“I've always felt that goal scoring was our missing piece," Kleekamp said. "I think we've had a pretty decent team the last couple years ,but you can't win soccer games if you can't score goals.”

Bolstered by Netzel's eight goals over the span, Liberty is 4-1-1 in its last six games. That span came after three consecutive losses in the Troy Tournament.

“There are a lot of new individuals on the team, so I think we're doing a better job figuring out that works and we're doing well playing off each other,” Kleekamp said. “We did not have a good week in the Troy Tournament, players were not playing to their potential. I think we regrouped after that tournament and realized we had to turn it around.”


While the season has been up and down for Gateway Science Academy (8-6), one constant has been the play of junior forward Terryn Pike.

She has 23 goals spread out over 11 games for the Gators.

“I like being the one known for it,” Pike said of the offensive success. “It feels great to help contribute to the record that we have.”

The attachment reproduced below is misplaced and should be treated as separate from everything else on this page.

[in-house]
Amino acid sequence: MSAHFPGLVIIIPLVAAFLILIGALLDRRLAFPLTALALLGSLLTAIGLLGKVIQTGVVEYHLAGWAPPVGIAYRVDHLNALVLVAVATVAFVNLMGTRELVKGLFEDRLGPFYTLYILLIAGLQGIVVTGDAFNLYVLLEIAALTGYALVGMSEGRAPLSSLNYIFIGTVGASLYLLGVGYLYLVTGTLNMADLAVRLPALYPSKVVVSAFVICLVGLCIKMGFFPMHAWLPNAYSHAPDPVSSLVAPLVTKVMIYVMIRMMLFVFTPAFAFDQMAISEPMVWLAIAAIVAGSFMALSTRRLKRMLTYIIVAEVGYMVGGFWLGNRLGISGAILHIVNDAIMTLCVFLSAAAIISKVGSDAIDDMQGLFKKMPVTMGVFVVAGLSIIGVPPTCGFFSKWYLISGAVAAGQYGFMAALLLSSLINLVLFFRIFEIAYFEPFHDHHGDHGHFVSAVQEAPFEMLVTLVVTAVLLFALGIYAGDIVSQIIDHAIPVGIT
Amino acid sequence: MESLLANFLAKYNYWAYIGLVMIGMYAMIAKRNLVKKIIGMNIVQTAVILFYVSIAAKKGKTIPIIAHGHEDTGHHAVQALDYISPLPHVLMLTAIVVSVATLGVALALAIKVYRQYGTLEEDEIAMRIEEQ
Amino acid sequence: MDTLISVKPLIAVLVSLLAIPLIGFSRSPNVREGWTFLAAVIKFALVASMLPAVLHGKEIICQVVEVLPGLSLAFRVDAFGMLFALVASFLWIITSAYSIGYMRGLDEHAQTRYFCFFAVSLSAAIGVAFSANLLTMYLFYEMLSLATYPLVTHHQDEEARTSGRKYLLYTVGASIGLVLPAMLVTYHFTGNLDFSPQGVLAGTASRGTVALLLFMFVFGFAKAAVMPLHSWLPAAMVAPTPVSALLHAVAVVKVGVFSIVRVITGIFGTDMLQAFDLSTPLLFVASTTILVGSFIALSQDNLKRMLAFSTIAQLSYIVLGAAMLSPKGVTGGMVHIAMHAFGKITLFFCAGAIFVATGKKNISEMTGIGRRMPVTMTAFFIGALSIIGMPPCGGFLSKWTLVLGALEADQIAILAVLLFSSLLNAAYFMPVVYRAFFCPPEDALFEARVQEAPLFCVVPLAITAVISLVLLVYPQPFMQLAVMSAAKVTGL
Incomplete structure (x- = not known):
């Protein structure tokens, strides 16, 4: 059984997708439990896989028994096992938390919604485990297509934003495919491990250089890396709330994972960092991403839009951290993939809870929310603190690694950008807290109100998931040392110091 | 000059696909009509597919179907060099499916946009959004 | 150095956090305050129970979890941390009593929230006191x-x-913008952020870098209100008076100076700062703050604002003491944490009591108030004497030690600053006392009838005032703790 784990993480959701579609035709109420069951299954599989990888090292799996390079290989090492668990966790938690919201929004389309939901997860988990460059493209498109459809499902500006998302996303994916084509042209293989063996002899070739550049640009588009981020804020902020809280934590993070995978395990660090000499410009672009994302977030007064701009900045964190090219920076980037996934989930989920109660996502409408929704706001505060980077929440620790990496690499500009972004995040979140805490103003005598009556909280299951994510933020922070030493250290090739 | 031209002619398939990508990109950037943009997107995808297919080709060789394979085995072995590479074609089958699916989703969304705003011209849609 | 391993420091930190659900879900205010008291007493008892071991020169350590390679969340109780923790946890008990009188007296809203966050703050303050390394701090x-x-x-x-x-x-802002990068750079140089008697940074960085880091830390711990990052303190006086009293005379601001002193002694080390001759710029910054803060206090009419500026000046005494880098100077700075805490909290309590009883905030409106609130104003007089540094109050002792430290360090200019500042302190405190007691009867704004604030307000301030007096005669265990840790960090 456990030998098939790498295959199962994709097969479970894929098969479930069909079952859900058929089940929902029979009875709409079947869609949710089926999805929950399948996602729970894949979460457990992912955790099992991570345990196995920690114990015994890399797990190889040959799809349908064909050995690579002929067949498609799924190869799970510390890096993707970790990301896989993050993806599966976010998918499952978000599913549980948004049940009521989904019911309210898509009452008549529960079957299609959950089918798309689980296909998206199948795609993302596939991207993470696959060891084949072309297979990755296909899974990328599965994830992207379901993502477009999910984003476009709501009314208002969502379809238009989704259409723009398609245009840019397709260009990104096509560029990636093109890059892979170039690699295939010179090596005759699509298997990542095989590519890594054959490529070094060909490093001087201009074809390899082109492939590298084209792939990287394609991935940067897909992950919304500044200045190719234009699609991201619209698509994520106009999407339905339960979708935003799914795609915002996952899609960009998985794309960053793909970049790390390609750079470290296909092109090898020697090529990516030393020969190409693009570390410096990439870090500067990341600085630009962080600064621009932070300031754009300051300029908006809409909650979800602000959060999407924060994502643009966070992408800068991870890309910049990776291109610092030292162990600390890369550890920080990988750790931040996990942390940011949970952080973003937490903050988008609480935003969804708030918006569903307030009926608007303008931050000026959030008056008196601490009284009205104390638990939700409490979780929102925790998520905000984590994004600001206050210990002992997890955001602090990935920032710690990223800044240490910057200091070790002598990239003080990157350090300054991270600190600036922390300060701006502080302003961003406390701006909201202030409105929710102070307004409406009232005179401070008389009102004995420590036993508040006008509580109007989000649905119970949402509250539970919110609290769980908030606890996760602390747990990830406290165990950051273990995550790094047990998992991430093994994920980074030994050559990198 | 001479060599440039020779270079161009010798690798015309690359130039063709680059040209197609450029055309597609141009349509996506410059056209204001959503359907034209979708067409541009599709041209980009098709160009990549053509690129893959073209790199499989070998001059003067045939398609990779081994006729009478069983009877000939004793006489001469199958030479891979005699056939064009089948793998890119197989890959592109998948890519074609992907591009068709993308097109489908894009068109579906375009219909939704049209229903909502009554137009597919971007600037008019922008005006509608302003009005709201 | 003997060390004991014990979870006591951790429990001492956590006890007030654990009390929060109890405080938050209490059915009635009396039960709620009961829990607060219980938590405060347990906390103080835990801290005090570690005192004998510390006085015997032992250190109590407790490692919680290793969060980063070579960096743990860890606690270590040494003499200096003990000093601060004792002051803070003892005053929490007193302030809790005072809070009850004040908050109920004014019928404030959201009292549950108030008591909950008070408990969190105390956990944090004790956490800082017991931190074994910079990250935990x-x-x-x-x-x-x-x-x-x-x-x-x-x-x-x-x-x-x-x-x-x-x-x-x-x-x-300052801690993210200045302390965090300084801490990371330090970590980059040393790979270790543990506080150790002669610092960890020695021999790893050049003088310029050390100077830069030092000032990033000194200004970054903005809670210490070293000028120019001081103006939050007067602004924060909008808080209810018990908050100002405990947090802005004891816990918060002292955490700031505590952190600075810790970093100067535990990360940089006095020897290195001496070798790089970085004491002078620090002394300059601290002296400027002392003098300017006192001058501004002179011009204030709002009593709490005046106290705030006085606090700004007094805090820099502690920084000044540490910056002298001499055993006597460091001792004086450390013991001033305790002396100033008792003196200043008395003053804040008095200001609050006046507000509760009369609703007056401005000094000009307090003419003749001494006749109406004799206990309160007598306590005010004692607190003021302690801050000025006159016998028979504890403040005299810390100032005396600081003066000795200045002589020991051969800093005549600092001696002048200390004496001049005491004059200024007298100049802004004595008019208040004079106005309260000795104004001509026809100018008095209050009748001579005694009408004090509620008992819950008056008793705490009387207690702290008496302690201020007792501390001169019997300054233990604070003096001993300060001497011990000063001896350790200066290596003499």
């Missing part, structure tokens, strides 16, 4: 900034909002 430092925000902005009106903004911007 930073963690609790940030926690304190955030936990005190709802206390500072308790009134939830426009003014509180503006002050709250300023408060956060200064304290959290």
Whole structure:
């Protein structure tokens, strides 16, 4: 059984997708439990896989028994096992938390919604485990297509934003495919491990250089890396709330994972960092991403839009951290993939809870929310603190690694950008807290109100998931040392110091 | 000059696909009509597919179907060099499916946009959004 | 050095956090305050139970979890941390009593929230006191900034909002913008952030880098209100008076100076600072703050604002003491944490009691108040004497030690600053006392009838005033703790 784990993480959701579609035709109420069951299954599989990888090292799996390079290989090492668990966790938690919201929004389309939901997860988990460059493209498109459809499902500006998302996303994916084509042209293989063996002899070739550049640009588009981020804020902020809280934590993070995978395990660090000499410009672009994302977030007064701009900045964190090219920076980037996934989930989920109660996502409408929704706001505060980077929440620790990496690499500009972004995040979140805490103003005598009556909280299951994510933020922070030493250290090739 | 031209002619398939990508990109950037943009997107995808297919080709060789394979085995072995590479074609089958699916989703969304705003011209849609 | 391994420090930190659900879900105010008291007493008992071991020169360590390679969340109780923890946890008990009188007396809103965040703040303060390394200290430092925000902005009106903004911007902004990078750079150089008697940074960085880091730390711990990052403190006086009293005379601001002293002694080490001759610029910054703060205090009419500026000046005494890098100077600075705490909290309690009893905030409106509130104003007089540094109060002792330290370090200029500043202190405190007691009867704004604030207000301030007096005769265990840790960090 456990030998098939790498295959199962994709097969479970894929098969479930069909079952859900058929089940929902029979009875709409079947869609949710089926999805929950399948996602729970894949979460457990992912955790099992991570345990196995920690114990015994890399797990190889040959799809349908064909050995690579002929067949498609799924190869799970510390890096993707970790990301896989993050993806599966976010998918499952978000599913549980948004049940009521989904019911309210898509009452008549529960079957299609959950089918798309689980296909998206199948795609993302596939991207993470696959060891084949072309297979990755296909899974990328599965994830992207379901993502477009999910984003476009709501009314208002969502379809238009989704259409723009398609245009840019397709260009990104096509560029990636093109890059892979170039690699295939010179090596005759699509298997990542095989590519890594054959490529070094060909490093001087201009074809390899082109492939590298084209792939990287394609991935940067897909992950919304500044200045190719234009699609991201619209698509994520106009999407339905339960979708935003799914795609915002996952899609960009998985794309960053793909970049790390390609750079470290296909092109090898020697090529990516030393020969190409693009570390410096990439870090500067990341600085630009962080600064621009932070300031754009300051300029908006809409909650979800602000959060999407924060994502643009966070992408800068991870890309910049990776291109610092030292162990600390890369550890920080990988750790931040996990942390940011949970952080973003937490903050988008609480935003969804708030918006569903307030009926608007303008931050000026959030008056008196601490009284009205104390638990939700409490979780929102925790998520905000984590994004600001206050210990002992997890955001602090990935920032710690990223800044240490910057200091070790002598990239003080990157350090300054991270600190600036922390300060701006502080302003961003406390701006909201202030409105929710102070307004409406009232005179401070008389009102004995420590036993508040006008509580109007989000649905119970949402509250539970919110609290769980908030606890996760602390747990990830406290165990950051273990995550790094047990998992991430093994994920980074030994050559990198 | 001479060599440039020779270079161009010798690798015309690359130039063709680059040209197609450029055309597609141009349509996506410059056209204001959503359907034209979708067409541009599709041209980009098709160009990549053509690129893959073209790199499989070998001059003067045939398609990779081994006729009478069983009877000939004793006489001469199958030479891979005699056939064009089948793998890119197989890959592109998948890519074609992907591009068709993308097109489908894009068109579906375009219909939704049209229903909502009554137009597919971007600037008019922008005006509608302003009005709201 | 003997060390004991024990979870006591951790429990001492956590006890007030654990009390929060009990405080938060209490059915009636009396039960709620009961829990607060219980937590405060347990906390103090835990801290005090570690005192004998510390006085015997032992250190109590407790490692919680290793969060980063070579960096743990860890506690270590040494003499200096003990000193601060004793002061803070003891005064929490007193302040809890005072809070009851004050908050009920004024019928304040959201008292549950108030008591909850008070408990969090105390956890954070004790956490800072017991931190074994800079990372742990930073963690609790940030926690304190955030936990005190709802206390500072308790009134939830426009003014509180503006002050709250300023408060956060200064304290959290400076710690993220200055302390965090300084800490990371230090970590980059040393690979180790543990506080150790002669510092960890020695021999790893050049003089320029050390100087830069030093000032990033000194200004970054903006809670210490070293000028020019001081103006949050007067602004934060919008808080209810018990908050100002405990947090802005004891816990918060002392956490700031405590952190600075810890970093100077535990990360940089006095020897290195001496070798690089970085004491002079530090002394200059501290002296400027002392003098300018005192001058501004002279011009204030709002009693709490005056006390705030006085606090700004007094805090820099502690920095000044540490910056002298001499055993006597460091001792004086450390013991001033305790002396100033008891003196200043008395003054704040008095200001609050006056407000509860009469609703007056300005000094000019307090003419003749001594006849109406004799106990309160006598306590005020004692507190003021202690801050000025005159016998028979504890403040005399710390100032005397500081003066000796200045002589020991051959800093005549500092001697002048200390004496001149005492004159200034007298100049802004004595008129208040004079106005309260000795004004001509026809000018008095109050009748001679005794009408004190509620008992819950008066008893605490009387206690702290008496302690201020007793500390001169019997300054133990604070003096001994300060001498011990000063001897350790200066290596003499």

Pike has scored four goals three times this season as those efforts came against North Tech, Christian Academy of Greater St. Louis and North County Christian.

As a sophomore, Pike tallied 12 goals for the program, which is in it fourth year of competition.

“She's been playing select most of her life and we moved her up to striker,” GSA coach Antonio DiTucci said. “She's really flourishing in that position. The teamwork has been great. First of all, academically, they are among the top students in the school. They don't have an ego and they are willing to sacrifice for the team to succeed. (Terryn) embodies what I call a student-athlete.”

Not only is she successful on the pitch, but Pike also holds a 4.6 grade point average.

That intelligence goes a long way to helping both Pike and the team succeed, especially now that opponents know she's coming.

“There have been games where girls know my number and they know my (statistics) going in,” Pike said. “They'll triple up on marking me, so it gets a little tough, but (I try my best).”